We think that if one is to construe the Anderson-I & M contract, in light of changed circumstances, to reflect as nearly as one can the intentions of the parties to the contract, the only possible result is to construe it as not permitting I & M to change the rate simply by filing a new tariff with the Federal Power Commission. This case, then, is critically different from Memphis, where it was evident that the parties to the contract contemplated that the seller could unilaterally change the rate by filing a superseding tariff with the Commission. See 358 U.S. at 105, 114-115, & n.9, 79 S. Ct. 194. See also Pacific Natural Gas Co. v. FPC, 9 Cir., 276 F.2d 350, 351 (1960).
The obvious truth of the matter is that Anderson, like Richmond, intended to key its rates to those charged by I & M to its own industrial customers in order to protect itself against the same competitive squeeze that concerned Richmond. Any uncertainties one might have as to what the contracting parties intended are set to rest by the fact that in 1969, some four years after it had become clear that the Federal Power Commission was the appropriate regulatory body, I & M tendered to Anderson for its approval a new contract which provided, in terms identical with the Richmond-I & M contract, that electricity would be furnished "at the rate and under the provisions of Company's Tariff I.P. as regularly filed with the Public Service Commission of Indiana * *."22
The parties to both the Richmond and the Anderson contracts intended that the municipal buyers receive electricity under the same tariff that governed I & M's industrial retail customers. While they contemplated changes in Tariff IP, they never contemplated that those changes could be effected merely by I & M's filing a new tariff. As a result, I & M's filing of Rate Schedule WS as a superseding supplement to both contracts was inconsistent with its contractual obligations and those filings should have been rejected. Accordingly, we remand these cases to the Commission with directions to reject I & M's filings and to initiate such proceedings as may be necessary to secure refunds of the incremental amounts paid by Richmond and Anderson to I & M since the time Rate Schedule WS was erroneously allowed to become effective.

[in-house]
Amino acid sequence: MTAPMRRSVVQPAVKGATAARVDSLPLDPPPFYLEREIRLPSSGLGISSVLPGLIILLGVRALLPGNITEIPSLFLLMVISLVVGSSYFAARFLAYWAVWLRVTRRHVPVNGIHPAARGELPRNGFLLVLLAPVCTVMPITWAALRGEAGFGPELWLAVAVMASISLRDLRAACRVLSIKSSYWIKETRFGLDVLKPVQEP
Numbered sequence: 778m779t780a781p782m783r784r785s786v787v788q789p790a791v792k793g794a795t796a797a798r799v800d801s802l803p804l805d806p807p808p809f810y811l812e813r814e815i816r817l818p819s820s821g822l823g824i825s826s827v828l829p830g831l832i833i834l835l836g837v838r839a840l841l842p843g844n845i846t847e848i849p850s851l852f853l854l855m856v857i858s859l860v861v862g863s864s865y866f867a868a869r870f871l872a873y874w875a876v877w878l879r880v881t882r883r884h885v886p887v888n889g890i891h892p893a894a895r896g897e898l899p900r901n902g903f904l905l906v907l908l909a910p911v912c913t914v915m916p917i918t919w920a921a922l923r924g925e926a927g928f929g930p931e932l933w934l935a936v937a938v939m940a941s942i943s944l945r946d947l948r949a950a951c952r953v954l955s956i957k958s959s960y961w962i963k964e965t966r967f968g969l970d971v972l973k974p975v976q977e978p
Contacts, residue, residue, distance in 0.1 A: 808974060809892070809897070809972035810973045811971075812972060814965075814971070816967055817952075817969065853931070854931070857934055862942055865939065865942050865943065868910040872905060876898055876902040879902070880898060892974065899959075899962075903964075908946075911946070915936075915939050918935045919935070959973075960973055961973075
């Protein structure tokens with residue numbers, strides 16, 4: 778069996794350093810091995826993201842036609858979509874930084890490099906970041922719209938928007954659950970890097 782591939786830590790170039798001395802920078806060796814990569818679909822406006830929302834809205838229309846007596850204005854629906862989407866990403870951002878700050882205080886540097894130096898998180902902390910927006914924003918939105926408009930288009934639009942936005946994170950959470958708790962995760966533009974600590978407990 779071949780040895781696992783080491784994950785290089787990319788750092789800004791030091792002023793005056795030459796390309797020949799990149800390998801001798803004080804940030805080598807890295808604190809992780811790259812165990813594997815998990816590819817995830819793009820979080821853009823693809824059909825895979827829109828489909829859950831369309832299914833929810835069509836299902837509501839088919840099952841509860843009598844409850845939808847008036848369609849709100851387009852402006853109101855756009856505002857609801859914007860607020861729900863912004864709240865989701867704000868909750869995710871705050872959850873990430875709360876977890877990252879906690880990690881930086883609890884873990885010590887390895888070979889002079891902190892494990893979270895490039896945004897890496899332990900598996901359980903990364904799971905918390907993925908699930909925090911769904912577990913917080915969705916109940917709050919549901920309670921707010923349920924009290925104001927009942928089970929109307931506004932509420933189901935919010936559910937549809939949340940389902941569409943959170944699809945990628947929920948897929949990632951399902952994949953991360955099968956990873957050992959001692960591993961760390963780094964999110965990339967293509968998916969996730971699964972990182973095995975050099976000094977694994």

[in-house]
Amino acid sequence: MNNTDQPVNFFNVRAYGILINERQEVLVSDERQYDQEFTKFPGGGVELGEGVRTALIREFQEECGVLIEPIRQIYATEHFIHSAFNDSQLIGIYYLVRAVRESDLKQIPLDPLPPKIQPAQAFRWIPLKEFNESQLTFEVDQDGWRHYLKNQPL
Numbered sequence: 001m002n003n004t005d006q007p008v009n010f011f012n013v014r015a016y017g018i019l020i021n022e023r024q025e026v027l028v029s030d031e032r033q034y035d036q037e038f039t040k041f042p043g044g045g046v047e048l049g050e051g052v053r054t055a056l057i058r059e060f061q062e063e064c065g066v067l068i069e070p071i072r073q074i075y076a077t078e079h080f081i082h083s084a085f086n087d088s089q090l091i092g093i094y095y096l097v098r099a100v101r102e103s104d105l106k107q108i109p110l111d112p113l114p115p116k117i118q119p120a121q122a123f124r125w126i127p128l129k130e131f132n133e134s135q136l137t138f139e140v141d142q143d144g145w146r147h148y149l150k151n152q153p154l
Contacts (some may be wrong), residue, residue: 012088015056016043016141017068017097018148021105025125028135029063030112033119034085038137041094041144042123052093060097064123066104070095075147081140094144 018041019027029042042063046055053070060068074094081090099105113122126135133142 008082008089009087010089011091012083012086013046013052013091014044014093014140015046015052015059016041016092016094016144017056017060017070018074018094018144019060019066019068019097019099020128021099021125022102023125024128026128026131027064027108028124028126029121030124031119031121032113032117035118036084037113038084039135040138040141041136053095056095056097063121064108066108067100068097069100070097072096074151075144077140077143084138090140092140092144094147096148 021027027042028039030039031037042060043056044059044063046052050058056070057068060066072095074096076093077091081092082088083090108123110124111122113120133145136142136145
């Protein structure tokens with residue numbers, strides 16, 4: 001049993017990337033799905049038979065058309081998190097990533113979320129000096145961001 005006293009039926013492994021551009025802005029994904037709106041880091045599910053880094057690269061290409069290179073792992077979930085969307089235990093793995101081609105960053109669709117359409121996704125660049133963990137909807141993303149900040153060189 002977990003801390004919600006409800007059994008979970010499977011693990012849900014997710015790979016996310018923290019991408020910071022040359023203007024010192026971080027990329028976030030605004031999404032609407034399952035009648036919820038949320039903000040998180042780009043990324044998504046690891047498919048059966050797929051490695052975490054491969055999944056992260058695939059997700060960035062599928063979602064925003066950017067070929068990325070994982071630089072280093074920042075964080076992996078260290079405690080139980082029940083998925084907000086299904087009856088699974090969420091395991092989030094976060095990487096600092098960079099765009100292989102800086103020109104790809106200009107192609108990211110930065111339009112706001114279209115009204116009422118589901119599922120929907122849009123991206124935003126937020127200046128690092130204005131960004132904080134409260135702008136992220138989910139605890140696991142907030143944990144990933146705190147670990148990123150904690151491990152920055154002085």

Of the United States District Court for the District of North Dakota, sitting by designation pursuant to 28 U.S.C. § 294 (d) (1970)
16 U.S.C. § 824d(c)-(e) (1970):
"(c) Under such rules and regulations as the Commission may prescribe, every public utility shall file with the Commission, within such time and in such form as the Commission may designate, and shall keep open in convenient form and place for public inspection schedules showing all rates and charges for any transmission or sale subject to the jurisdiction of the Commission, and the classifications, practices, and regulations affecting such rates and charges, together with all contracts which in any manner affect or relate to such rates, charges, classifications, and services.
"(d) Unless the Commission otherwise orders, no change shall be made by any public utility in any such rate, charge, classification, or service, or in any rule, regulation, or contract relating thereto, except after thirty days' notice to the Commission and to the public. Such notice shall be given by filing with the Commission and keeping open for public inspection new schedules stating plainly the change or changes to be made in the schedule or schedules then in force and the time when the change or changes will go into effect. The Commission, for good cause shown, may allow changes to take effect without requiring the thirty days' notice herein provided for by an order specifying the changes so to be made and the time when they shall take effect and the manner in which they shall be filed and published.